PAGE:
Richard Pryor held down his first paying job as a professional comedian at Harold’s Club, a nightclub that was a mere two blocks from where Pryor grew up.
As this photograph suggests, the ambience of Harold’s Club radiated out from its owner and namesake, Harold Parker, who also used photographs of himself to decorate his bar.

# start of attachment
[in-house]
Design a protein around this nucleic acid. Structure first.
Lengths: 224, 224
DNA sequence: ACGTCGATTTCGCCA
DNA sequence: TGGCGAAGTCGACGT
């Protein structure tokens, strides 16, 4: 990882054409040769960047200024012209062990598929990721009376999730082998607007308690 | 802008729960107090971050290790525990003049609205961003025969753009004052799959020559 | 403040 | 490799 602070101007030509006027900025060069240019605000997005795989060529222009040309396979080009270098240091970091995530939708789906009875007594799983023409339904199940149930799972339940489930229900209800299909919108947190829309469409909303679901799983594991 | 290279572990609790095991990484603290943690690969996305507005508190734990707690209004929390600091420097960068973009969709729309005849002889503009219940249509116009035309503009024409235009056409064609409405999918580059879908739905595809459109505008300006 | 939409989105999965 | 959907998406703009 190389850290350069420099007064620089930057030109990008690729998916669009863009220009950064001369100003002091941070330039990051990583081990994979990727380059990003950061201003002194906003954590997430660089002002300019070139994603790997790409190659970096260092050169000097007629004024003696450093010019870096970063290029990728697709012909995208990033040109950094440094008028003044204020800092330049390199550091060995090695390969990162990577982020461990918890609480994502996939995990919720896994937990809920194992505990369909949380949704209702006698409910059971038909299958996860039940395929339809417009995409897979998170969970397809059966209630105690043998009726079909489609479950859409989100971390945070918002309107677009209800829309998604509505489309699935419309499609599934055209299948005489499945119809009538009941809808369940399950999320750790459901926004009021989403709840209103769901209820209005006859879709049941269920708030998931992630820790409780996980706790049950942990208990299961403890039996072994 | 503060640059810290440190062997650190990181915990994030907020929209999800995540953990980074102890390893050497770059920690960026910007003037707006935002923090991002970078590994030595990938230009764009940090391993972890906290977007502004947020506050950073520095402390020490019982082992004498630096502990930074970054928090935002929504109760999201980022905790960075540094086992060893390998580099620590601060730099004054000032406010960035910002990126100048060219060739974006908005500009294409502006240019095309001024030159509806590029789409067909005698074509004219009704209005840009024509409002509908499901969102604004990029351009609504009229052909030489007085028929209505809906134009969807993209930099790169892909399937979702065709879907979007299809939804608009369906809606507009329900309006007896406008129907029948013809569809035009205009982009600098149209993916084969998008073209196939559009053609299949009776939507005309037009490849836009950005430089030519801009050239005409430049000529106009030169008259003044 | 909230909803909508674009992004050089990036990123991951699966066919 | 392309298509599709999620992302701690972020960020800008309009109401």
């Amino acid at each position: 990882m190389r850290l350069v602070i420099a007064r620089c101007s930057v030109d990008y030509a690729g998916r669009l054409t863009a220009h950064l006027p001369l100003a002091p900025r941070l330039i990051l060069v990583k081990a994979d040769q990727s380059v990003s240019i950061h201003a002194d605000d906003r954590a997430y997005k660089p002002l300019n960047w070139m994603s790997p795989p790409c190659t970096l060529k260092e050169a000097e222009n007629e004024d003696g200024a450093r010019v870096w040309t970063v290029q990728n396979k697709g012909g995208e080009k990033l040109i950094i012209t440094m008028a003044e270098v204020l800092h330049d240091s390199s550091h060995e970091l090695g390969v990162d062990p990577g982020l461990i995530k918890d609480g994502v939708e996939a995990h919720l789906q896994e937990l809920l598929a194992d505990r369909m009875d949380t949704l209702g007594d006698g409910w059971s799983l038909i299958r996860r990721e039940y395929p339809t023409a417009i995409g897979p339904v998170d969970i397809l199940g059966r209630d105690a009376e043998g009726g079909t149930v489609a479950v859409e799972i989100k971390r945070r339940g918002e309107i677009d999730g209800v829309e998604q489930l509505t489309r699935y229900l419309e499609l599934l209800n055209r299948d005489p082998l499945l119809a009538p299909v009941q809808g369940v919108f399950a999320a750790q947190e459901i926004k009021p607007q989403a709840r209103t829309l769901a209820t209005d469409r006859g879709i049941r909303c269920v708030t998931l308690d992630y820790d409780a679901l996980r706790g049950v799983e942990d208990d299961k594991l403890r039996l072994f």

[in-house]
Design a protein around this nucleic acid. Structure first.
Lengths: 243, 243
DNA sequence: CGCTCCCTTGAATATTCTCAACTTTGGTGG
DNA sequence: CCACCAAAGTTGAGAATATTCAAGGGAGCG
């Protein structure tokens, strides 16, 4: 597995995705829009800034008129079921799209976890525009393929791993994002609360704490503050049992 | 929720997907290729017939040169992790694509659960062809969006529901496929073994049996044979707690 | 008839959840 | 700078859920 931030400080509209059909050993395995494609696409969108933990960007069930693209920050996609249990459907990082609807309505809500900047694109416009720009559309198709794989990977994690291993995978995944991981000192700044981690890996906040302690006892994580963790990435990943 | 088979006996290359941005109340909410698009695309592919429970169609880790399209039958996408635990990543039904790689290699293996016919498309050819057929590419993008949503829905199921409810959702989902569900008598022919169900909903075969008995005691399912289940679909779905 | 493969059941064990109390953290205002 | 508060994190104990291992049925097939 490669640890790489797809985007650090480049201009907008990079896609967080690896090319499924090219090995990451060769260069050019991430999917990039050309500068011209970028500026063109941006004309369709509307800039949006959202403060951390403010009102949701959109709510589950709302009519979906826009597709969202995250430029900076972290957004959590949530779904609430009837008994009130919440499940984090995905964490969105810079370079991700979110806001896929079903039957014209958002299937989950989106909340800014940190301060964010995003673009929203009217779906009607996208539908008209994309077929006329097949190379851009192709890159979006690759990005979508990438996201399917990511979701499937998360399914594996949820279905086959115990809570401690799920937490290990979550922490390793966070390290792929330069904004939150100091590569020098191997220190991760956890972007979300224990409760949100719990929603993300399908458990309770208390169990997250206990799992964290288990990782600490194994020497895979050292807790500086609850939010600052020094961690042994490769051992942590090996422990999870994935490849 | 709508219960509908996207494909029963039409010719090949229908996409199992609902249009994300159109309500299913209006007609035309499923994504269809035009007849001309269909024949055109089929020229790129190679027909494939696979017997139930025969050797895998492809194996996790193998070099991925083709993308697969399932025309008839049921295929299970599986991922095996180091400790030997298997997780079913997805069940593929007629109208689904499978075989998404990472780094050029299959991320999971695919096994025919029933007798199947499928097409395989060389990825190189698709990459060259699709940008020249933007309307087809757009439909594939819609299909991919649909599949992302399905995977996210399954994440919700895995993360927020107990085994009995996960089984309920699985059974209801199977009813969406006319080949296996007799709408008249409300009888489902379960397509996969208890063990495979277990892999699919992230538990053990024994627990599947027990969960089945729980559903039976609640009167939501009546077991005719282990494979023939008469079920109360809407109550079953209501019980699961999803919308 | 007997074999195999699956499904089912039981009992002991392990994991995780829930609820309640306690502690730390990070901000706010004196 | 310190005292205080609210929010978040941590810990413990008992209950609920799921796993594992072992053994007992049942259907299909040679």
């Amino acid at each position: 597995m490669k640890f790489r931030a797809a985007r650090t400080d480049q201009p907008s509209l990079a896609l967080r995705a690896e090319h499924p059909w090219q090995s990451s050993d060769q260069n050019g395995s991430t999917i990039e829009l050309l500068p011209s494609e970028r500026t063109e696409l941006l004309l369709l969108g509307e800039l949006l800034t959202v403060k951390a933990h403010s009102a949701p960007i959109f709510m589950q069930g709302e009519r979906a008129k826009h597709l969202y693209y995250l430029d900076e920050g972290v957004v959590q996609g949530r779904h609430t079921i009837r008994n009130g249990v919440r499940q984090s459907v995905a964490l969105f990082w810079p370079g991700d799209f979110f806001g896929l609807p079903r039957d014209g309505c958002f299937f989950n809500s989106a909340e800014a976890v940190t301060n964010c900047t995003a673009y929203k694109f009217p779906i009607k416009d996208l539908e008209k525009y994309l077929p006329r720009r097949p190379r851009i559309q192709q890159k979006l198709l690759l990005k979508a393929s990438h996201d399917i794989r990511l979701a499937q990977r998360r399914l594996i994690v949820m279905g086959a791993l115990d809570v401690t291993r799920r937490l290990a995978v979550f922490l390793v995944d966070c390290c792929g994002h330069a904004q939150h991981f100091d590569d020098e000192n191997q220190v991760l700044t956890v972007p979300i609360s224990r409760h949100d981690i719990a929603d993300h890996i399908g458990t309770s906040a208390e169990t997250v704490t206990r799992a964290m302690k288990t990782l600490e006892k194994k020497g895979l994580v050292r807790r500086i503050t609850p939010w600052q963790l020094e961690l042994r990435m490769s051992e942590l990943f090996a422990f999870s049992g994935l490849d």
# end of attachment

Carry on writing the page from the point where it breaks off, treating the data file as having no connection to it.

From the patterned parquet floor and the spray of flowers atop the piano to the signs advertising the “men’s lounge” and “powder room,” Harold’s Club aspired to a certain level of swankiness: its “package entertainments” featured tuxedoed musicians and costumed chorus girls. At the same time, the testimony of musicians who played there suggests another side to Harold’s Club, one undocumented int his photo: the exuberance of its crowds. The club attracted a mixed crowd of young and old, gay and straight, and black and white, and there was a great deal of dynamic energy unlocked by that mix.